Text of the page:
hershey wrote:

Each cell is in effect a 2 volt battery. One bad cell will reduce the effectiveness of all batteries in the group...whether in series or parallel.YMMV

This is true. With 2 6v in series (i.e. 6 2v cells in series), if one cell shorts you now have only 10 volts.
hershey wrote:

I've never heard of a battery catching fire from a bad cell.YMMV

I agree, it's probably rare for this to happen. However, when a lead-acid battery is putting out a lot of current it gives off hydrogen gas as a byproduct of the chemical reaction happening inside. Given the right (or wrong [emoticon] ???) mix of oxygen, hydrogen, and a spark or flame you can get a big boom!
More likely you just end up with two dead batteries instead of one.


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tom_kat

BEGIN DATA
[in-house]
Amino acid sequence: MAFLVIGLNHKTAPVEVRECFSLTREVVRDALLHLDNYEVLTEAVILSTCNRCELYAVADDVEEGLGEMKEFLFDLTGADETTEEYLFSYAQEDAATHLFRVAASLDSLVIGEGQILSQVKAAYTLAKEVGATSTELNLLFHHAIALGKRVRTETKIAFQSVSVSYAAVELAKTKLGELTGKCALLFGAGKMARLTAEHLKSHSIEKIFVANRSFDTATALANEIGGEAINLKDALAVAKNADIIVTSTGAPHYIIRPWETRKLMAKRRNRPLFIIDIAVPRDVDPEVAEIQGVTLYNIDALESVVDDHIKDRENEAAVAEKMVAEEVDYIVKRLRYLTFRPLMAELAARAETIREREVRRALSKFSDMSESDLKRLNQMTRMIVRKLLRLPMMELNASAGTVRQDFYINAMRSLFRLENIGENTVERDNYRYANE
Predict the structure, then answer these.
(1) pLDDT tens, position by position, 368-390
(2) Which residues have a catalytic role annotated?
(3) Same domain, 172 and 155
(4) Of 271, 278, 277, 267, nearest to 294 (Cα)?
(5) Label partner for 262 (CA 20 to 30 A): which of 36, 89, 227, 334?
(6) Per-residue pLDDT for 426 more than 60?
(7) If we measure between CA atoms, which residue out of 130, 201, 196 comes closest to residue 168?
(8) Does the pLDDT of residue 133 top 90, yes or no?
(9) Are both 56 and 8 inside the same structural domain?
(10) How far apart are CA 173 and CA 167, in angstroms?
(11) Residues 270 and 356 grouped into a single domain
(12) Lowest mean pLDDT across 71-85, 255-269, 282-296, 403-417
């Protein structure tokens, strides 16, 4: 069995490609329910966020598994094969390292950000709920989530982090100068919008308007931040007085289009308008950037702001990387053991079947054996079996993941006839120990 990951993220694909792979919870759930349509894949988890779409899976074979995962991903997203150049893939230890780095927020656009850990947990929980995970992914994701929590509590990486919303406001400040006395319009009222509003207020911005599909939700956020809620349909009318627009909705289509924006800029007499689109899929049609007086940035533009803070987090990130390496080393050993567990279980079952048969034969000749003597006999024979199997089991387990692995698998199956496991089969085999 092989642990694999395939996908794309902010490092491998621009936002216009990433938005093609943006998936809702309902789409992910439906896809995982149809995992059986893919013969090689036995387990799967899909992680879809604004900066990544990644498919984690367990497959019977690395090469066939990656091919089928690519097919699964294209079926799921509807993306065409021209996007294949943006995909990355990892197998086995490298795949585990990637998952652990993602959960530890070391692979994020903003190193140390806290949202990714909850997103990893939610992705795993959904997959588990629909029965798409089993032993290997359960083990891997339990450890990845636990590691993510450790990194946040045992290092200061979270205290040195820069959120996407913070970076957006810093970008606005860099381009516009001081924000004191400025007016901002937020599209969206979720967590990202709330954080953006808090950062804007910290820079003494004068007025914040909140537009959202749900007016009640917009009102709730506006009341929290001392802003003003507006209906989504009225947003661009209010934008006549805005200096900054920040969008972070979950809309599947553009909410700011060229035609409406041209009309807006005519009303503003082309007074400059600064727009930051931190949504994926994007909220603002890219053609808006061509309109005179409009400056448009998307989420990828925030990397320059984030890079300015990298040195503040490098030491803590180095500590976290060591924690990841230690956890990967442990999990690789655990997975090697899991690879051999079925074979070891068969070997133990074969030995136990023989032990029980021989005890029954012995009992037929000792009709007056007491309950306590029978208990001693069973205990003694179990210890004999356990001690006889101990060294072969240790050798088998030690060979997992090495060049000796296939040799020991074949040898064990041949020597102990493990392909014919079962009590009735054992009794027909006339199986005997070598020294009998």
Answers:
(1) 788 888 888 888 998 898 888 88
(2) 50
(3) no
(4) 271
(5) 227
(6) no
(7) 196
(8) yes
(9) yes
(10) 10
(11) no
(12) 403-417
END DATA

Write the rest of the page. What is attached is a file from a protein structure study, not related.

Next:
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Posted: 11/10/06 10:22am Link  |  Print  |  Notify Moderator

if you have a place for 2= 6 volt deepcycle batterys you might as well keep them.if one 6 volt battery goes bad you dont have any power, if 1 =12 volt battery goes bad you can unhook the bad battery and still have power,12 volt marine batterys can be found anywheres, the 6 volt deep cycle battery can be hard to find,you would have to search high and low in my area to find good 6 volt deepcycle ones and would still come up empty and would have to special order them.i will stick with my 12 volt ones.


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RJgonfshin

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Posted: 11/10/06 10:23am Link  |  Print  |  Notify Moderator

I can't believe how a person can ask a simple question, and he gets bombarded w/ everything but a simple answer, like:

Two 6v batteries connected in series, is nothing more, and nothing less than one larger 12v battery. You have nothing to gain by changing to 12v batteries, and the 6v are reported to have a longer service life.


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tatest

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Posted: 11/10/06 10:32am Link  |  Print  |  Notify Moderator